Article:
A Crisis of Leadership at MIZZOU: Why White Male Leaders Must Learn the Language of Inclusion | Vernā Myers

Vernā Myers

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11 Nov 2015

A Crisis of Leadership at MIZZOU: Why White Male Leaders Must Learn the Language of Inclusion

I had mixed feelings as I watched University of Missouri President, Tim Wolfe, stand before the cameras and deliver his mild mannered mea culpa and ultimate resignation. I was glad that finally someone this high up was being made to account for an institution’s failure to listen to and take seriously the concerns of their black students. But President Wolfe’s lowered head, his measured and halted speech, and his inability to utter one word of apology made the entire press conference seem lackluster and pro forma.

On the other hand, the decision made by Jonathan Butler, a 25-year old student, to go on a hunger strike to protest what he and others believe was the University of Missouri’s failure to adequately address bigotry on campus was very impressive and impactful. Likewise, I was impressed, frankly surprised, and moved by the refusal of the entire University of Missouri football team and their coaches to play in their nationally televised game against BYU — or even practice ahead of time — an act of solidarity that brought national attention to Butler’s call for the resignation of President Wolfe.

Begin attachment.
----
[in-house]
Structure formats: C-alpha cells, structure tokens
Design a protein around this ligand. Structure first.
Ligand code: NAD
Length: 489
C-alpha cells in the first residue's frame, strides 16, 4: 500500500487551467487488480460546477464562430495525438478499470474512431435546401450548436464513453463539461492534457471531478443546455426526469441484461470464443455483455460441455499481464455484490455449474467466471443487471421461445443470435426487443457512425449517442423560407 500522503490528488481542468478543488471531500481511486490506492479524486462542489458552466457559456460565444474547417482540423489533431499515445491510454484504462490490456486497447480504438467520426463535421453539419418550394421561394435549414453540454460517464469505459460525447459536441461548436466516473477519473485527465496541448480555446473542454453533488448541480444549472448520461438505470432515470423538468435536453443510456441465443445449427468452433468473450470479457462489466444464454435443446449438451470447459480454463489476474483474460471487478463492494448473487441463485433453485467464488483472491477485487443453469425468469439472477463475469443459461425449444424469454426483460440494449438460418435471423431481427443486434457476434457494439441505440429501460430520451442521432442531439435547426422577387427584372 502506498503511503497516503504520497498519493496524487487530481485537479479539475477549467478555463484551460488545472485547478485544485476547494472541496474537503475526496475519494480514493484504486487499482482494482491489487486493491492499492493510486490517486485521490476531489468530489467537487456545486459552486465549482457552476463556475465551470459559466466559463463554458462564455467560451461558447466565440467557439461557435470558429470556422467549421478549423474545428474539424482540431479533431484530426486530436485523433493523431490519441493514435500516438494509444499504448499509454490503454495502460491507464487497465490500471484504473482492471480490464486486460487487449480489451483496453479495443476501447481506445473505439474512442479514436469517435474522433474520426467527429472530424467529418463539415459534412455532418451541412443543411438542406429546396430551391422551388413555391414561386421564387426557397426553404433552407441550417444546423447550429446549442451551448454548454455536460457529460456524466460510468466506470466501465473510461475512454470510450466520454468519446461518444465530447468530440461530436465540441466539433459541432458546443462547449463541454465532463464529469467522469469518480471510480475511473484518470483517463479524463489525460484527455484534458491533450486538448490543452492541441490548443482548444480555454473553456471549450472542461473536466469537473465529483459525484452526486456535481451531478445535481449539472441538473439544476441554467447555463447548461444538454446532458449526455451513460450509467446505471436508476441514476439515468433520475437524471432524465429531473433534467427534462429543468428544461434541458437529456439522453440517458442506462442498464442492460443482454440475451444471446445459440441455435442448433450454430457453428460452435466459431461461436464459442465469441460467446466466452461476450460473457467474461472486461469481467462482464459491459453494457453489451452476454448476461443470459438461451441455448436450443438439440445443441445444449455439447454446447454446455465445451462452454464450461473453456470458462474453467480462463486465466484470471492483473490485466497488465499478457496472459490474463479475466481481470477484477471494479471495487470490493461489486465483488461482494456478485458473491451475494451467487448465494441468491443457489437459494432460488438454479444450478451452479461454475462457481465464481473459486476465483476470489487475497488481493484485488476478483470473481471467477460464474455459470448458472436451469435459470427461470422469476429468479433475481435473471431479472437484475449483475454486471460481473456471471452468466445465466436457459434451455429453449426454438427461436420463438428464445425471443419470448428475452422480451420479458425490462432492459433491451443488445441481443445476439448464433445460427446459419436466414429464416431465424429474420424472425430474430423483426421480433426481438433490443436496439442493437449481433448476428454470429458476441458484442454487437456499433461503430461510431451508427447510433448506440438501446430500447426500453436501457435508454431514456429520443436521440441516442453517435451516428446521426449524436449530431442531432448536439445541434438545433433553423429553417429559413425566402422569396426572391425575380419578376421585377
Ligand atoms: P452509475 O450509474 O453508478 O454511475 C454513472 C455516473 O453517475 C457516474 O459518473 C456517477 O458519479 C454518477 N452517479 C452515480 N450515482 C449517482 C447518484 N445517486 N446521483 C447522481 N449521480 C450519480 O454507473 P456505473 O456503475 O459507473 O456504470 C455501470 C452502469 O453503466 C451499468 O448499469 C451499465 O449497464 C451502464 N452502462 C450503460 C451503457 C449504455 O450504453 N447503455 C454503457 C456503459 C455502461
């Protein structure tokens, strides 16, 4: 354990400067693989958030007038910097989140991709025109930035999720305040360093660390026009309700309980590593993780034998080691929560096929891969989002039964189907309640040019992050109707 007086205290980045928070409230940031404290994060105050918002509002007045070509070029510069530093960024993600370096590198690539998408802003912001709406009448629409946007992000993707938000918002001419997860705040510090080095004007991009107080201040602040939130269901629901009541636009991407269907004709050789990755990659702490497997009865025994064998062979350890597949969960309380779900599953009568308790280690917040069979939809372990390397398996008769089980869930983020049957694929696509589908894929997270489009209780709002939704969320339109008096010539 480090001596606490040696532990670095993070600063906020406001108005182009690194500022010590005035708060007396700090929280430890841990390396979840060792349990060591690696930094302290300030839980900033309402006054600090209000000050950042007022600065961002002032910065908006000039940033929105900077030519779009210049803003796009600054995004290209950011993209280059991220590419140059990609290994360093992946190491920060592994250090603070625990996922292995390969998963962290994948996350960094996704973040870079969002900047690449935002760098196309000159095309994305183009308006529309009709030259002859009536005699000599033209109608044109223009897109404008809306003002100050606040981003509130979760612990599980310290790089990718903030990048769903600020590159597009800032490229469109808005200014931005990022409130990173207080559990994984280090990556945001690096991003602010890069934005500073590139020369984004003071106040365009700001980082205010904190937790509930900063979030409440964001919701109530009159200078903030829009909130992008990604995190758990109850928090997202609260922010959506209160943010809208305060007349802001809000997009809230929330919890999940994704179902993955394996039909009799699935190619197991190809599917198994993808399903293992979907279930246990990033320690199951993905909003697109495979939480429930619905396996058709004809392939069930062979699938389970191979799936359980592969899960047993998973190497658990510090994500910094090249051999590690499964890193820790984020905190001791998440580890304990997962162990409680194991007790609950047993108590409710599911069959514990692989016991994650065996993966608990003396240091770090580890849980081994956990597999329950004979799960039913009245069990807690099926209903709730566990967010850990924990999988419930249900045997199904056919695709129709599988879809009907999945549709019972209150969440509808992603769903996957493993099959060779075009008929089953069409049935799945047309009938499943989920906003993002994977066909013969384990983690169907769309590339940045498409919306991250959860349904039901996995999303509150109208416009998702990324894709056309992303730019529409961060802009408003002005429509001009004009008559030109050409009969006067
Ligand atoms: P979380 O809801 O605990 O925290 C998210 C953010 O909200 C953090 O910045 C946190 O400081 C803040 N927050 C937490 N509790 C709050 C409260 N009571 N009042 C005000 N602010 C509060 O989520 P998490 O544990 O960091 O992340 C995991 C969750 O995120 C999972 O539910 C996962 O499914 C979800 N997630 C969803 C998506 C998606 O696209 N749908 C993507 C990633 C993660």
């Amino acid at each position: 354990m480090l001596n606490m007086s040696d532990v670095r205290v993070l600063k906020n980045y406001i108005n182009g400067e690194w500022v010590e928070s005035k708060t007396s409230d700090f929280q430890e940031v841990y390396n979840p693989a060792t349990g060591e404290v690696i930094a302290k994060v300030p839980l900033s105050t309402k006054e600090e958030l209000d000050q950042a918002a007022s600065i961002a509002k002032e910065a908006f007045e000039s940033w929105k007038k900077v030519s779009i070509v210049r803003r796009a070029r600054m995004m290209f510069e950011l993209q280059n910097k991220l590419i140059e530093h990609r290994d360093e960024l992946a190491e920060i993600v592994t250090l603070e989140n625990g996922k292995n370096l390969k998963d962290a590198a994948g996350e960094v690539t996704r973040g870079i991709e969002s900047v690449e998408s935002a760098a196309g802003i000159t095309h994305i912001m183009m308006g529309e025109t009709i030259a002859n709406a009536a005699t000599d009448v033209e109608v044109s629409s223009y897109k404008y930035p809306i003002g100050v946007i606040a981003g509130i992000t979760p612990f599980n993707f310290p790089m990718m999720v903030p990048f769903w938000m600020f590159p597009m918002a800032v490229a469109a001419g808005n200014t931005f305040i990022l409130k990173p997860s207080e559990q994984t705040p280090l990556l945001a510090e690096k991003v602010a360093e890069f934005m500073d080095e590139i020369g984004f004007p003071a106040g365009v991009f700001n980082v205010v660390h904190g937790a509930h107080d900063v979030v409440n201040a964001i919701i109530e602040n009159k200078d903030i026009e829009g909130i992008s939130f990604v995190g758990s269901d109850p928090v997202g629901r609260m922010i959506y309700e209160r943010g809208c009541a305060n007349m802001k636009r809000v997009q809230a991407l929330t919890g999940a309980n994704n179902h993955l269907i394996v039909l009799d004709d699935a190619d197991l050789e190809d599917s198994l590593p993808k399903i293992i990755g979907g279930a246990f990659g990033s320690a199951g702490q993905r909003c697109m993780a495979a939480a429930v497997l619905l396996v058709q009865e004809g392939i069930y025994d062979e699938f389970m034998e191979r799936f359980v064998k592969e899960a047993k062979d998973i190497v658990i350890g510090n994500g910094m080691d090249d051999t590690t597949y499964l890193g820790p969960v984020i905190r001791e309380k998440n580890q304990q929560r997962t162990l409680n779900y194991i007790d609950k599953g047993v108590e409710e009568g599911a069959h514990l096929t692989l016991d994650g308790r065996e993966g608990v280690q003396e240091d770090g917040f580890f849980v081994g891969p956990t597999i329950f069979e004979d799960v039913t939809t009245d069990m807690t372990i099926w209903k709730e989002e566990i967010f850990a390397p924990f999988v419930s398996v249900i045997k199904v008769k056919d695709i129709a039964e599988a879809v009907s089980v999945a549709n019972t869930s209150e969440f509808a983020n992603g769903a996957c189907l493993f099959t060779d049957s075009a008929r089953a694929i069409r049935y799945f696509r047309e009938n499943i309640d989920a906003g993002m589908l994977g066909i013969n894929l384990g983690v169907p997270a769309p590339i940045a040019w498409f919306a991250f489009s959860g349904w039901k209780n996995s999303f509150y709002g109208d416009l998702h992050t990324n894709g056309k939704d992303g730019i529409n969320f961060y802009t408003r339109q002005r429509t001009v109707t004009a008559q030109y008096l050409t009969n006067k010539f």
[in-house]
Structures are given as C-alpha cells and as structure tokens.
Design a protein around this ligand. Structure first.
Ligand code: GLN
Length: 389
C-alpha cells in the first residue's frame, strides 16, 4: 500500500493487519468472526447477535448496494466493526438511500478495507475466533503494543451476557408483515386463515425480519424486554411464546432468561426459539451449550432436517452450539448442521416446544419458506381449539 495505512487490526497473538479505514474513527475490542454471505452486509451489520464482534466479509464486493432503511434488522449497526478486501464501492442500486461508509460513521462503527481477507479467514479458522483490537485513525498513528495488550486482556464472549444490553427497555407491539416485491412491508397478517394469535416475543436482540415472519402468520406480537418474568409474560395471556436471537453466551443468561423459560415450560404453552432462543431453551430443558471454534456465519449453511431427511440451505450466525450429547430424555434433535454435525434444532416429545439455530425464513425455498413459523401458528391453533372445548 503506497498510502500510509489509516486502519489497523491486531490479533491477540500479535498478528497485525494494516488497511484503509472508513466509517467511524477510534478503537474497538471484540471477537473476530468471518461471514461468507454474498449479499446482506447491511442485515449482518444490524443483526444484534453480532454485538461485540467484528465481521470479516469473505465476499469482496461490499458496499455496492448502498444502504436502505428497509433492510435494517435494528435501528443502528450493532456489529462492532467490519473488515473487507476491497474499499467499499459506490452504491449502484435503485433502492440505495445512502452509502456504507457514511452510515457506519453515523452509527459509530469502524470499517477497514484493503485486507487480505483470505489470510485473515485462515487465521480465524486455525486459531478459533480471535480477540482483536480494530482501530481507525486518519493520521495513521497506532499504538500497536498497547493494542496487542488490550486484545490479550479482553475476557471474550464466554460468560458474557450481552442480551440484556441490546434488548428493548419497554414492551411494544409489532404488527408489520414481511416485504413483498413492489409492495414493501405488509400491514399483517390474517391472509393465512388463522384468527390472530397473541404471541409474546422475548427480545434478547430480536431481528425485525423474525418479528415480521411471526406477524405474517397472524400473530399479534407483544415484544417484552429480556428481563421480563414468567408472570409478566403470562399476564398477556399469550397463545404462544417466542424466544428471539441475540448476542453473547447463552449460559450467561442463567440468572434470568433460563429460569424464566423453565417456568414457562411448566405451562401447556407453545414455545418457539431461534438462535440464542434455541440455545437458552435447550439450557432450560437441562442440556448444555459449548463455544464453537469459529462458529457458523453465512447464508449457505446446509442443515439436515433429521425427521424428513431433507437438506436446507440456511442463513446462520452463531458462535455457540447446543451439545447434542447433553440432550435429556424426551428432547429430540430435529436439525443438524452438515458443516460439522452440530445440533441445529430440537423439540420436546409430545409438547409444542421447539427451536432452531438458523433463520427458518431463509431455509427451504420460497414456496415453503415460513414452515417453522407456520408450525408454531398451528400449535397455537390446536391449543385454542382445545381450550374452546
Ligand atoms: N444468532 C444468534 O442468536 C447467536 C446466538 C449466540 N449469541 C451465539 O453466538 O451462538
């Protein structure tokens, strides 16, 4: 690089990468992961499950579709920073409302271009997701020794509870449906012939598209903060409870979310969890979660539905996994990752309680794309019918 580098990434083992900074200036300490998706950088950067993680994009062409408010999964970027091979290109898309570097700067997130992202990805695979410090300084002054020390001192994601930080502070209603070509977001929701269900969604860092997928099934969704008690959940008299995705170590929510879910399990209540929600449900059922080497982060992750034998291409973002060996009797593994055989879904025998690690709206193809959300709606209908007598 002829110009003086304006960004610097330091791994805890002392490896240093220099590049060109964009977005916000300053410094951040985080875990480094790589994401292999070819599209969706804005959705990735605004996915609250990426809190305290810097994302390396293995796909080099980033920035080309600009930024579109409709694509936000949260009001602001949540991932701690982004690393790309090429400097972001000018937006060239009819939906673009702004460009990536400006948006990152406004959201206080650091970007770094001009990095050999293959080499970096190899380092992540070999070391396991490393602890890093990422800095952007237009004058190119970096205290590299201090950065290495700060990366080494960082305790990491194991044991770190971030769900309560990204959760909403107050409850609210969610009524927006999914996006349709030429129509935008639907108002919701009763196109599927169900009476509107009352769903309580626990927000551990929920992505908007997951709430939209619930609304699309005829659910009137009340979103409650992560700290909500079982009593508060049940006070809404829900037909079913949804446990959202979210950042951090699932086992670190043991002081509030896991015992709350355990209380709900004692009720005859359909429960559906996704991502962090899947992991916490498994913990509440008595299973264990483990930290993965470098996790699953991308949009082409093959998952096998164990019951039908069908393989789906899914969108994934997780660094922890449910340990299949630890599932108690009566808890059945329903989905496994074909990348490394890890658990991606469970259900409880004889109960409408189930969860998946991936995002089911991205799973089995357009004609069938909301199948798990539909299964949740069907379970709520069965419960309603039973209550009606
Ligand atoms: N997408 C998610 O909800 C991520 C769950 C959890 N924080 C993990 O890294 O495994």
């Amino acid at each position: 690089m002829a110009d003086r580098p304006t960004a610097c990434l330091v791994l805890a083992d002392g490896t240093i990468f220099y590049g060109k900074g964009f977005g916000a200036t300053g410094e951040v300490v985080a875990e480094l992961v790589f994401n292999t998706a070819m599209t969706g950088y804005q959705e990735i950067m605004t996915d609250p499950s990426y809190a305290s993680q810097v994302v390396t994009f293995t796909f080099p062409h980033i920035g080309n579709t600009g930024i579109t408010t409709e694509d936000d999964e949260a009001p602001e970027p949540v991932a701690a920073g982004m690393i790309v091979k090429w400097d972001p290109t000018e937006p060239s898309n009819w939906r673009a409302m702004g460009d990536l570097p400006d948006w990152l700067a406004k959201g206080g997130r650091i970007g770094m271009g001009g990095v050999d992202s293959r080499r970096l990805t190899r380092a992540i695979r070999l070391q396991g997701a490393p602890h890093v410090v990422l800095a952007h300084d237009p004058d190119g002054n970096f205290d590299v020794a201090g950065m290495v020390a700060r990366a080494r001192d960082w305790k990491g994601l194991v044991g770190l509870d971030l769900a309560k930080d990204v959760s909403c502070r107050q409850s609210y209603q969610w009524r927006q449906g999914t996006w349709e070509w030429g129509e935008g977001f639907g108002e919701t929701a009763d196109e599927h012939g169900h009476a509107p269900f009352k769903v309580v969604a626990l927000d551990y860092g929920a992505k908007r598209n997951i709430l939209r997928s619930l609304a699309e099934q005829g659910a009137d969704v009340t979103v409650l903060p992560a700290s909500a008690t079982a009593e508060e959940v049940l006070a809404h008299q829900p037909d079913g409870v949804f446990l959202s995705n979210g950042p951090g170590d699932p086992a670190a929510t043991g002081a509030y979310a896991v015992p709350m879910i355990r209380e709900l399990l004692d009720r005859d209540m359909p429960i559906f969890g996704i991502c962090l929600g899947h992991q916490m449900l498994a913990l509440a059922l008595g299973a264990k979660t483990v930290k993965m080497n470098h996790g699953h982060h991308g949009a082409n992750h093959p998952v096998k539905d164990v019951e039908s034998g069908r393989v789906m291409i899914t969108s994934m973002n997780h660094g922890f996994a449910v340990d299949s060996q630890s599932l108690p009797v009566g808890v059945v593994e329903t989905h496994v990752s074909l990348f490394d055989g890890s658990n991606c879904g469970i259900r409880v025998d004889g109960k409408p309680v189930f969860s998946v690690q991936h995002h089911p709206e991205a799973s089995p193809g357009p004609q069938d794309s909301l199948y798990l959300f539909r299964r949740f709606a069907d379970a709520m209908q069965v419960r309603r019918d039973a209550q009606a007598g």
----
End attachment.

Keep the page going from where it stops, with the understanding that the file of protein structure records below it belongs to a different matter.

The undeniable effectiveness and boldness of these protests lay in stark juxtaposition to the lack of stewardship and proper attention paid to important issues by school leaders. While I am grateful that Butler, the football team, and the diverse body of students who supported them led a swift and powerful movement to hold the school responsible, I found myself thinking that although this battle may be won, how are these students going to achieve the environment they are demanding and so rightly deserve? The University of Missouri, like so many other institutions can be well intended, but that intent is often coupled with the repeated reality that most officially appointed leaders in our nation’s schools, companies and communities lack the awareness, skills and courage it takes to create the inclusive, respectful and nurturing environments needed for people of all backgrounds to thrive. READ MORE on HuffPo.

Originally appeared on Huffington Post, Black Voices 11/11/2015. Photo credit Kansas City Star via Getty Images.